Or perhaps this phenomenon comes down to straight men fantasizing about blow jobs from the position of women. I don't mean this in a queer or gender bending way. Think of porn published by men in which women are eager to bestow blow jobs upon the masses. This was actually the plot of Deep Throat— a porno made to titillate men but told from the perspective of a woman who needed to give blow jobs in order to achieve orgasm. Maybe these days male authors get off on thinking about women blowing men instead of thinking about men being blown by women. This might make more sense from a film perspective: in a porno geared toward men, a sexy female nurse could walk into a room and eagerly volunteer to put her mouth around her male patient's cock. The camera would follow the nurse into the room and go with her when she cleaned up and left. Or the male patient might ask his comely nurse to blow him while he's getting his sponge bath, with the camera stationed near the patient while he waits for the nurse to enter the room. Both pornos are made for straight men, but the former is more or less from the perspective of a woman while the latter is more or less from the perspective of a man. (In narratology we refer to this phenomenon as "focalization.") So perhaps the millennium-era dominance of "give him a blow job" signifies a shift in blow job focalization preferences rather than adjustments to the publishing world's demographics.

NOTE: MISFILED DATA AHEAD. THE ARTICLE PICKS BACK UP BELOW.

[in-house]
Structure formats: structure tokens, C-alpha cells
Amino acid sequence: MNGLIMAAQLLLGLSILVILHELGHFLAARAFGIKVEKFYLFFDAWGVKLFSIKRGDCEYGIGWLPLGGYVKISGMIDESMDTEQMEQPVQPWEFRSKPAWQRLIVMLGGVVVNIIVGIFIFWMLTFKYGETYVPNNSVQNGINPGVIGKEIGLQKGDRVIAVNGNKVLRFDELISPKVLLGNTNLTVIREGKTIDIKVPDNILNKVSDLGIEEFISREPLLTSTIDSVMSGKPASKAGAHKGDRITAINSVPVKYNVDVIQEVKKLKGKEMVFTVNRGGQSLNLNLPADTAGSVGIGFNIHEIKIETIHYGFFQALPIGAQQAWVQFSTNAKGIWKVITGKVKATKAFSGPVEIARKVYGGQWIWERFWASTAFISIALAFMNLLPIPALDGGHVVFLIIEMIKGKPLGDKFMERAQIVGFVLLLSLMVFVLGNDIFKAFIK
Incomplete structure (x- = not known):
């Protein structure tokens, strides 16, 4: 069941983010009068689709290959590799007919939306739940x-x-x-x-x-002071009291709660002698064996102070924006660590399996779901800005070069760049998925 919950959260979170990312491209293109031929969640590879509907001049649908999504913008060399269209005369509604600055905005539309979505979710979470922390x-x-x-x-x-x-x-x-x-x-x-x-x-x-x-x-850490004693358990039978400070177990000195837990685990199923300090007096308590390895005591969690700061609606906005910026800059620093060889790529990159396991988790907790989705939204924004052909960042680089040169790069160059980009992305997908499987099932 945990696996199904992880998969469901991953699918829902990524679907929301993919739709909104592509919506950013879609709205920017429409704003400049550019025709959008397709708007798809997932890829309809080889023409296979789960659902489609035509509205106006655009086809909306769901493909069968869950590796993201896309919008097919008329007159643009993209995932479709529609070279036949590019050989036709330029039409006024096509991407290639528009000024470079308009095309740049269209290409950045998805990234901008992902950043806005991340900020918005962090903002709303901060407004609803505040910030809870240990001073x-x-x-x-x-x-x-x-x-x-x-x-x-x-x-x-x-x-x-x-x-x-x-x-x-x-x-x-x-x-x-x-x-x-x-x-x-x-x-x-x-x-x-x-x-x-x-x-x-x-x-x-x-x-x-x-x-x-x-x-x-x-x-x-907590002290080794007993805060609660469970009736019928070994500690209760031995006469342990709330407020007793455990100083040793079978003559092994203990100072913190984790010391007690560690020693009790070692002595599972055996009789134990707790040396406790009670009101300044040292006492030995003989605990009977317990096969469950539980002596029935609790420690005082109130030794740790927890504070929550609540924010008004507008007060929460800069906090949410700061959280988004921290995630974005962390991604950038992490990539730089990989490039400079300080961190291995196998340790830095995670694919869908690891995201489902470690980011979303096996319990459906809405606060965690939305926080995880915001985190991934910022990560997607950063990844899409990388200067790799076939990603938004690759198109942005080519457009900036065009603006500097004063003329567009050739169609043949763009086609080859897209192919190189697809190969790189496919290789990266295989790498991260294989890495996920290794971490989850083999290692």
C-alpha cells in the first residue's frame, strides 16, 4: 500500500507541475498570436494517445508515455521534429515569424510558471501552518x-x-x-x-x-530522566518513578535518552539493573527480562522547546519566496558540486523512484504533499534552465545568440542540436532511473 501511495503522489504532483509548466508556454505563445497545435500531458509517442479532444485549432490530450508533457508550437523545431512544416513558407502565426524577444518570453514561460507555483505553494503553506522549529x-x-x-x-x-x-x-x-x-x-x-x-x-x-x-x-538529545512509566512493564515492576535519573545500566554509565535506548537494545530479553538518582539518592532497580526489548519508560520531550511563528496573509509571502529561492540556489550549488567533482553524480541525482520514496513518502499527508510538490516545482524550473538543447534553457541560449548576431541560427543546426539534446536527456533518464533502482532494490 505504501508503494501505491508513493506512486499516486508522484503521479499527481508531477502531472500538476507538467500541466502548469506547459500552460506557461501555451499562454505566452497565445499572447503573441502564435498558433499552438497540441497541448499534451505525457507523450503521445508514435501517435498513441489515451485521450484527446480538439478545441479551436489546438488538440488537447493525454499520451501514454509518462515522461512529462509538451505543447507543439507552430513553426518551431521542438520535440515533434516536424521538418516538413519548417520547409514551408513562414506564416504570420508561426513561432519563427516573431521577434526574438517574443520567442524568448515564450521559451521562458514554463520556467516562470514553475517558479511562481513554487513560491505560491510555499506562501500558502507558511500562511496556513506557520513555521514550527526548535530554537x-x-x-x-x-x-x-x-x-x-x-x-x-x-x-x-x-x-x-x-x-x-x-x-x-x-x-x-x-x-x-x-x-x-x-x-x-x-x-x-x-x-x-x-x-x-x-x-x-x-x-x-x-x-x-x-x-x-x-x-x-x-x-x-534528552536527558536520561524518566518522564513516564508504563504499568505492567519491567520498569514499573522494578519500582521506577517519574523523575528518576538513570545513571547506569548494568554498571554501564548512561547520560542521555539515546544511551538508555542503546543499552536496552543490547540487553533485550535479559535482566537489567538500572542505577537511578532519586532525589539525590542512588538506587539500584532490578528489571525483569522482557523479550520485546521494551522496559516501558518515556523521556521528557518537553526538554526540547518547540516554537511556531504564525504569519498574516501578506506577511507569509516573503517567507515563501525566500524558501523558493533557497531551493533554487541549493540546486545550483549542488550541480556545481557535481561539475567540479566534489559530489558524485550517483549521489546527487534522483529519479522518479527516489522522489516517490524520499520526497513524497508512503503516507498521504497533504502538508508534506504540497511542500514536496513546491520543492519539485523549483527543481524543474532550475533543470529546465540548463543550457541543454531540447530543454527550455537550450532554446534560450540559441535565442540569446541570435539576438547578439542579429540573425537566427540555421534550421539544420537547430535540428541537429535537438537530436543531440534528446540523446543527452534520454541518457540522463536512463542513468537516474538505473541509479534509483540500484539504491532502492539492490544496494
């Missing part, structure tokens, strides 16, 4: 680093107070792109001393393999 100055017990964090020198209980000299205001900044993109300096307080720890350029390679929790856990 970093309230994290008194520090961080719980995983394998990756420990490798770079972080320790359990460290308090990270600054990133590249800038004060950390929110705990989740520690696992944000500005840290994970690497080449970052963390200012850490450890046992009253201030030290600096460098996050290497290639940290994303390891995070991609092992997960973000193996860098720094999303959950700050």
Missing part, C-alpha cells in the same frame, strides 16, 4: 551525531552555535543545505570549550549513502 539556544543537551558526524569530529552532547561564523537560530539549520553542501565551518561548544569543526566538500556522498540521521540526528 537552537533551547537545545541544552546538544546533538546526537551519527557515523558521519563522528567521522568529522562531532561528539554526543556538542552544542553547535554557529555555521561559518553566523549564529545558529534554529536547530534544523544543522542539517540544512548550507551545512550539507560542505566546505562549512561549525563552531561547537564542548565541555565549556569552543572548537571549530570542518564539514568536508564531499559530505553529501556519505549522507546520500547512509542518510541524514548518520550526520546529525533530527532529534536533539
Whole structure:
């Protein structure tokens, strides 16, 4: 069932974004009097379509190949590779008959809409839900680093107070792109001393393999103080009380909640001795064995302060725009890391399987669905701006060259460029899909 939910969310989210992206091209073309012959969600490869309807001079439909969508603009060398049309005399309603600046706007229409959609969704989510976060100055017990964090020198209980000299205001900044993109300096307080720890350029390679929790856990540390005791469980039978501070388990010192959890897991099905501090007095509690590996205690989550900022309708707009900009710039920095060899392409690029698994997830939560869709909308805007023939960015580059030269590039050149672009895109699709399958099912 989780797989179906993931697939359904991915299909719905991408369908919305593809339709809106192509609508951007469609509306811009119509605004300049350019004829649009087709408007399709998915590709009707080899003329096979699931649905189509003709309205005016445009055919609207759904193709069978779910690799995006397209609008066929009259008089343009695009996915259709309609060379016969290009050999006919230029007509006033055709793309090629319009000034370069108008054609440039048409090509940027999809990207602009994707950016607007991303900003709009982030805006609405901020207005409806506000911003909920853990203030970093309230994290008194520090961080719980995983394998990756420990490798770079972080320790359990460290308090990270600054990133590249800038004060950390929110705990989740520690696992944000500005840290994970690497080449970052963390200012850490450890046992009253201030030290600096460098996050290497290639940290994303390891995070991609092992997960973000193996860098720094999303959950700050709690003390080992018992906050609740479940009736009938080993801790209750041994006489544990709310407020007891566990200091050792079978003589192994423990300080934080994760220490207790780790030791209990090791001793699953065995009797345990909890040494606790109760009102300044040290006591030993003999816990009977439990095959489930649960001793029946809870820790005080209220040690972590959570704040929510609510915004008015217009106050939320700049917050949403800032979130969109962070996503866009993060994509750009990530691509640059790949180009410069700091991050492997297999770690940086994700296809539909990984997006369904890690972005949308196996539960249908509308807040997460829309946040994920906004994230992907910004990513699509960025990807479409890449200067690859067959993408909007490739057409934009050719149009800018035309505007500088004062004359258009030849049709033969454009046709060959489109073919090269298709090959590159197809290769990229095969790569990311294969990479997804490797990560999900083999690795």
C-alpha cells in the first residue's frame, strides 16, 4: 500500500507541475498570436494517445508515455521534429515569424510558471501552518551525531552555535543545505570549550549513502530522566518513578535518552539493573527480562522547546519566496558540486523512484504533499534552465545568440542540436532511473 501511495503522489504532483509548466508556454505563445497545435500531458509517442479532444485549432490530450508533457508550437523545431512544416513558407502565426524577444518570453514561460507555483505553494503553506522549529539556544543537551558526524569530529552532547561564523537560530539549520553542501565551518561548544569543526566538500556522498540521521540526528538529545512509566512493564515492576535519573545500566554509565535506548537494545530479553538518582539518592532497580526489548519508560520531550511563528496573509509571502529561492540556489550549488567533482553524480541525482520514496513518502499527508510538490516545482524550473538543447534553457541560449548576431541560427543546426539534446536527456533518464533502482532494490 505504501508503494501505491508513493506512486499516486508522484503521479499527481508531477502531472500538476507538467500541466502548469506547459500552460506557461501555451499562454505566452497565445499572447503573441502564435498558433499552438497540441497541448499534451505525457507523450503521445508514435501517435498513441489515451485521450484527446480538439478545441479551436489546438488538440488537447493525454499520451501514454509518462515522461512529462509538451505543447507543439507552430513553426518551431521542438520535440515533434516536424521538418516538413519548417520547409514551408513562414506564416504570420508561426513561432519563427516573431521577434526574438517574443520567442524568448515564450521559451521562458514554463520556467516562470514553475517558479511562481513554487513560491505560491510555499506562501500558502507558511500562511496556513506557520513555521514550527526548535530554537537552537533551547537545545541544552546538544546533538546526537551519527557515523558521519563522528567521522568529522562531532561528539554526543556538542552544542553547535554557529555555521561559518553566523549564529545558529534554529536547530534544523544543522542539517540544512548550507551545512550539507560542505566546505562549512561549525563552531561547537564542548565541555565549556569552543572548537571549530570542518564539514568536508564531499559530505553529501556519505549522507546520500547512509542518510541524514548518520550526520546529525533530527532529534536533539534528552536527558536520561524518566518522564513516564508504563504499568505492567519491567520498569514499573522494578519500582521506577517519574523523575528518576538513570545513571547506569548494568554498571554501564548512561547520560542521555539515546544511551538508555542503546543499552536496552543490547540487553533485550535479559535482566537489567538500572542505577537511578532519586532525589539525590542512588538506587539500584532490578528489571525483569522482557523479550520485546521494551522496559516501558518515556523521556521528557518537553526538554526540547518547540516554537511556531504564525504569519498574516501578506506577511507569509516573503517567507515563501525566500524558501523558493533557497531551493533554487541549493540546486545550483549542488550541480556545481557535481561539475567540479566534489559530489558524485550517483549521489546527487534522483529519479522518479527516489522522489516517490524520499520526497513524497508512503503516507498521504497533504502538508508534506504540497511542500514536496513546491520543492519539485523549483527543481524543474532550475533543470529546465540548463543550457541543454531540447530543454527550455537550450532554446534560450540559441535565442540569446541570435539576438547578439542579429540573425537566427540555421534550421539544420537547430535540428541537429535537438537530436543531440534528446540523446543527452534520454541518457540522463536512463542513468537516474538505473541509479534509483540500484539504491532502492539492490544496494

Speaking of porn, how do we talk about things like ejaculate? I decided to plug "cum shot" and "money shot" into Ngram.
Whoa, slow down there money shot. I'm starting to get why people talk about the prolific influence of porn all the time. I expected the more generic "cum shot" to be far more popular than the porn-specific "money shot," but I was totally off. (Or should I say, "I blew it.")
But I'm a woman, and like many women, money shots just don't do a whole lot for me. I had one last chart in mind.
Just as I suspected.
Got any weird Ngram insights of your own? Know why we're suddenly obsessed with giving blow jobs? Leave your thoughts in the comments.